While the outcome of the Arab revolutions will not be clear for some time, the shifting sands are already revealing certain truths.
One of those has been the misguided use of billions and billions of dollars by the United States over recent decades to support the peace treaties between Israel and its neighbors, Egypt and Jordan. What the United States invested in was not peace, but rather quiet, the lesser half of peace and quiet. A careful examination shows that the billions invested by the United States in those three countries was earmarked for military aid and economic aid for each country, without any thought, much less investment in bilateral or trilateral projects.
The United States could have decided that some of the annual allocation of $2.8 billion for Israel, $1.5 billion for Egypt, and the $850 million for Jordan had to be designated for projects that had Jordanians, Egyptians, and Israelis working together. As we learned but seem to have forgotten from the Marshall Plan after World War II, one of the key elements to building peace between countries that have a long history of animosity and war is the building of affiliations, partnerships, and relationships between peoples. The peace treaties between Israel and Egypt, and Israel and Jordan were treaties between governments and not people. That has become all too clear through the rising voice of the Arab street heard in the unfolding revolutions taking place before our eyes. Just under the surface of the Arab street’s disgust of its authoritarian leaders is its dislike of the Zionist state.
That dynamic is exacerbated by the unresolved Israeli-Palestinian conflict and elements of Arab anti-Semitism, but let us not lose sight of the fact that Israelis, Jordanians, and Egyptians don’t know each other and that phenomenon only compounds the situation. There are scores and scores of people-to-people NGOs in the region, such as the Arava Institute for Environmental Studies, which bring individuals together from across borders and model that while disagreements may remain, true personal and professional relationships can be forged.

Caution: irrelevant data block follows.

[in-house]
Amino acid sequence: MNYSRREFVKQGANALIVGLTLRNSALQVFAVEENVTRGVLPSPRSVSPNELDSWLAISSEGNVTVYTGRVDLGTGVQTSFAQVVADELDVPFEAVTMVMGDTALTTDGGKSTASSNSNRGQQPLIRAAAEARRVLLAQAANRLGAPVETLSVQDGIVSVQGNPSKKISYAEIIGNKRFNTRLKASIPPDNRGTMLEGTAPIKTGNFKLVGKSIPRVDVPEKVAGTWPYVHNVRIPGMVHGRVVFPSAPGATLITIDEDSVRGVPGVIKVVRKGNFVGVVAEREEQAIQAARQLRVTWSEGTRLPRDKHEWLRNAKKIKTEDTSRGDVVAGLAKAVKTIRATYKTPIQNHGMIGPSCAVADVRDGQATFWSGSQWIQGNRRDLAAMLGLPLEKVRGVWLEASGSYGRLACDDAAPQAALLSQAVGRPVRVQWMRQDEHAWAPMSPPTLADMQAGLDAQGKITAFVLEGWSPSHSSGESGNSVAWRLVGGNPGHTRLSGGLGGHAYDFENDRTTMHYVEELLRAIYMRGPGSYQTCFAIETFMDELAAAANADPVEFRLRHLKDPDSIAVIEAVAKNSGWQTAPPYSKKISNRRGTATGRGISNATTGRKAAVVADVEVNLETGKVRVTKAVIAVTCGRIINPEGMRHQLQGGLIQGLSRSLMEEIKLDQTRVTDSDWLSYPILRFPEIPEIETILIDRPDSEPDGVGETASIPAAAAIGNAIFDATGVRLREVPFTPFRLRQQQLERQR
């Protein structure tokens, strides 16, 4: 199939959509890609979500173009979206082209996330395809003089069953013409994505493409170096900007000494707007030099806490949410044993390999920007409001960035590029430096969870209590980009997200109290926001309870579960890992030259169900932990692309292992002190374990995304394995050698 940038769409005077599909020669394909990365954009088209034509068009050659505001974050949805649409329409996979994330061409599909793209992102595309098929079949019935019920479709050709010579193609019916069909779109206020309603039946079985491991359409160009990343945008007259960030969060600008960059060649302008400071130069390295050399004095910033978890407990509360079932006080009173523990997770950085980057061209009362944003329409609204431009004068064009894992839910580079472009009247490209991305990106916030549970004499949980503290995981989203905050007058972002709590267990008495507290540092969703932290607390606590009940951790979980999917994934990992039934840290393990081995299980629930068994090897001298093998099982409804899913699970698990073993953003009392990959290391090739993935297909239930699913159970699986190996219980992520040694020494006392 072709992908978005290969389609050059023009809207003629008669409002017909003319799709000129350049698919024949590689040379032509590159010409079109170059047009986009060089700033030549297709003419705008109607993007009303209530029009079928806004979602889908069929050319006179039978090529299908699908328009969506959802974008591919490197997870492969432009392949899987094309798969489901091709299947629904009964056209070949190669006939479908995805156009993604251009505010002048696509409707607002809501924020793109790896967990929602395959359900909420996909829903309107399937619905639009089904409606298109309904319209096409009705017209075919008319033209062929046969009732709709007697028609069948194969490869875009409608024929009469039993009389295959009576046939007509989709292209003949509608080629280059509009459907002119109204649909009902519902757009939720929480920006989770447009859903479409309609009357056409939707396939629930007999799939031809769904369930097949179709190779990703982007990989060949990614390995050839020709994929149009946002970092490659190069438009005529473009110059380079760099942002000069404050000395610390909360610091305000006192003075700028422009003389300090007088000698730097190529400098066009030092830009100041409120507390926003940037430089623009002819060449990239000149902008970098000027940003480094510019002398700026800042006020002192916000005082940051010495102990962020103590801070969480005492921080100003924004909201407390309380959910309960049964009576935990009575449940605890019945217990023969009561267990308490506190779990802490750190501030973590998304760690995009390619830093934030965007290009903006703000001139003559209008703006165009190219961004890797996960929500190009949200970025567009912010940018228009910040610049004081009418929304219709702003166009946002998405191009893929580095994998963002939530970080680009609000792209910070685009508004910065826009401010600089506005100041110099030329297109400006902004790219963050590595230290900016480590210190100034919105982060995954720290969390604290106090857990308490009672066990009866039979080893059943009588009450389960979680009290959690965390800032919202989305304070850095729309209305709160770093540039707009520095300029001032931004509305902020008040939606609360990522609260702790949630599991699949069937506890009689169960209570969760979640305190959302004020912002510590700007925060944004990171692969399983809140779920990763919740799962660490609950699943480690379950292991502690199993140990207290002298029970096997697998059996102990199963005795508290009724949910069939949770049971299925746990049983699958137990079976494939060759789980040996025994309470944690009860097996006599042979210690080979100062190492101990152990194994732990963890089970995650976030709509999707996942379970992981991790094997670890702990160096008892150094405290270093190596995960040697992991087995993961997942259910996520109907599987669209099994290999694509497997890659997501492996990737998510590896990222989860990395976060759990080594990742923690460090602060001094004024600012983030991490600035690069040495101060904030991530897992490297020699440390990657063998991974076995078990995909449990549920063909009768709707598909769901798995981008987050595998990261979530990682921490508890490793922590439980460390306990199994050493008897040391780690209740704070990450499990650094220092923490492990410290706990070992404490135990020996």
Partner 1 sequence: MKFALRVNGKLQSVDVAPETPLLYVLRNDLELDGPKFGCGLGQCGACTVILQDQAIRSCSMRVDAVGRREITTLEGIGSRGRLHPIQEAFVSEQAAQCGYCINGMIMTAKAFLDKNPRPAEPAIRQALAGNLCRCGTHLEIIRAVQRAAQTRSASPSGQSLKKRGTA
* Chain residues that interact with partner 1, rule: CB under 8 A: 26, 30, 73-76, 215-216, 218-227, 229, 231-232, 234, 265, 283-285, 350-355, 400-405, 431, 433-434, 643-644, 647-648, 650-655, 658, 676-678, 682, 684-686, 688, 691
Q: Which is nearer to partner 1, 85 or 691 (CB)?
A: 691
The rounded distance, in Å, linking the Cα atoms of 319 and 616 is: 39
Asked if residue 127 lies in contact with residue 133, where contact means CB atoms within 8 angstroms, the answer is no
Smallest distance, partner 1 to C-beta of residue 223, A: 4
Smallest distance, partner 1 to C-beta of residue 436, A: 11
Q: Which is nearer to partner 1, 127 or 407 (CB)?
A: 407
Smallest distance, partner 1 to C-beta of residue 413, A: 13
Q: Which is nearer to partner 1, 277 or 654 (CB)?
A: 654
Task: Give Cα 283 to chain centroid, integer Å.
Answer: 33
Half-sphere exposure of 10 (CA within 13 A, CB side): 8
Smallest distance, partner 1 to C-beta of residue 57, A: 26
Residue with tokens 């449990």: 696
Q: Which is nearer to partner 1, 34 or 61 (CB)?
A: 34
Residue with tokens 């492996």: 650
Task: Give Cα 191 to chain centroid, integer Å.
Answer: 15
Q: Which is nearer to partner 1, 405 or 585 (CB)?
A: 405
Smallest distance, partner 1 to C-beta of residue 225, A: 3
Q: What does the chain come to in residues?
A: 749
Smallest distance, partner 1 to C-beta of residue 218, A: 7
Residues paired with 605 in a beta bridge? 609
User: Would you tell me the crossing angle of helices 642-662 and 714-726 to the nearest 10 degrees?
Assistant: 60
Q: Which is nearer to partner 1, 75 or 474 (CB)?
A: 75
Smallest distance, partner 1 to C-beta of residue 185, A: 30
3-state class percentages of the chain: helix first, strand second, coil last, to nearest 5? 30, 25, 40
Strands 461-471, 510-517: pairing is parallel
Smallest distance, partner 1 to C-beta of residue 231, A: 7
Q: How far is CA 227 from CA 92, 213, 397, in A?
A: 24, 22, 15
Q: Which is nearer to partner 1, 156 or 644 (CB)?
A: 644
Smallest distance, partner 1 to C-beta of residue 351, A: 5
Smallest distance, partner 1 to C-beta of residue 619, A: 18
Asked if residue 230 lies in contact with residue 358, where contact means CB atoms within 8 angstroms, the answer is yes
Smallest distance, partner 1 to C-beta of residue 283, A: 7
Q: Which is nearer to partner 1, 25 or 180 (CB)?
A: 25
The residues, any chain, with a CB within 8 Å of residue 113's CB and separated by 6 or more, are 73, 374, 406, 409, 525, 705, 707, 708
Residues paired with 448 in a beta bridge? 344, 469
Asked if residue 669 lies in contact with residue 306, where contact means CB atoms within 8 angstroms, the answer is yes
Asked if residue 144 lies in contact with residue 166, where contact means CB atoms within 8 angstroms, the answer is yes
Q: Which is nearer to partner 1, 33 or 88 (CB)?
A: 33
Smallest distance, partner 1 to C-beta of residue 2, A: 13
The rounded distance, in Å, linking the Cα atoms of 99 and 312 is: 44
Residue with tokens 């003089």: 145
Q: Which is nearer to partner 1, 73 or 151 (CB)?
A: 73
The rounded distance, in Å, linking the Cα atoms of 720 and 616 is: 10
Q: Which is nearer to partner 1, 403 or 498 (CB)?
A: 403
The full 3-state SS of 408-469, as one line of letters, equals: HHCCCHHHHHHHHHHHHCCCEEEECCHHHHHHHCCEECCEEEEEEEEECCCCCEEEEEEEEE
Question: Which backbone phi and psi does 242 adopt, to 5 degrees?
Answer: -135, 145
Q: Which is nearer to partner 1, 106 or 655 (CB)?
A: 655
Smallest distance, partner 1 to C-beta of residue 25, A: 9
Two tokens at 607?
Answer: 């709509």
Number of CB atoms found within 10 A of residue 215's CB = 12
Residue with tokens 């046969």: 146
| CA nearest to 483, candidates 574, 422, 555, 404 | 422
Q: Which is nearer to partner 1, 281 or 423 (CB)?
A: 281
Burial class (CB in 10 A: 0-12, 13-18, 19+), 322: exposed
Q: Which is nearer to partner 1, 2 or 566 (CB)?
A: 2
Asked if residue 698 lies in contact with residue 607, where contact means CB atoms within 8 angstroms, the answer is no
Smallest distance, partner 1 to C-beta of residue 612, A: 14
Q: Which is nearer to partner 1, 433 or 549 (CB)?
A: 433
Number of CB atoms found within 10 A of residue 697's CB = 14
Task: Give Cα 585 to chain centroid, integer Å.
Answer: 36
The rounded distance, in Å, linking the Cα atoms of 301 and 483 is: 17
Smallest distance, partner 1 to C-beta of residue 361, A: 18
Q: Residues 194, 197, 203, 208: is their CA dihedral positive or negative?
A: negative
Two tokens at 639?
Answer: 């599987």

The telling notion about those NGOs, which do work on bilateral and trilateral projects, is that they do not receive any funding from of those billions mentioned above. They are able to apply for funding from US government programs such as the Office of Conflict Management & Mitigation of USAID (CMM), the Middle East Regional Cooperation Program also of USAID (MERC), the Middle East Peace Initiative of the Department of State (MEPI), and the United States Institute of Peace (USIP). The combined budgets of these programs that the NGOs from these three countries can apply to come out to less than $35 million a year, far less than the billions the governments of Israel, Jordan, and Egypt get from the US government.
In the current political climate in Washington the Republican party has proposed eliminating funding for the United States Institute of Peace entirely. In addition it is pushing to cut the Economic Support Fund (ESF) by 9 percent, or $630 million, which is where the funding for CMM, MERC, and MEPI comes from. This could actually mean cuts of more than 9 percent for each of those programs since the Republican leadership is forcing each government agency to do their dirty work and play each program against the other within each agency, as each agency decides where cuts should be made. In the hysterics of fixing the deficit reducing the federal budget is a piece of the puzzle, as is a growing GDP which is happening but does not get much attention. In such a climate foreign aid has become an easy target. Most Americans believe that foreign aid is 25 percent of the US budget; it is actually closer to 1 percent. To make matters more embarrassing, the US gives a smaller percentage of its GDP than many countries including giants such as Finland and Holland. To his credit, President Obama has proposed an increase in the budget for USAID for financial year 2012.
The US wanted peace on the cheap by only investing to make sure things are quiet on Israel’s borders with Egypt and Jordan and not putting enough resources and support to bring the peoples together. The chickens have now come home to roost and that cheap, rather lazy, investment of billions we see was poorly placed. So where does this leave us? The budgets of CMM, MEPI, MERC and the USIP should not be cut; if anything they should be increased. The Middle East is at the beginning of a period of great transition. One thing that we need to hold in place during this regional metamorphosis are the peace treaties between Israel and its neighbors. One of the most important ways to do that is to seriously invest in bringing Egyptians, Israelis, and Jordanians together.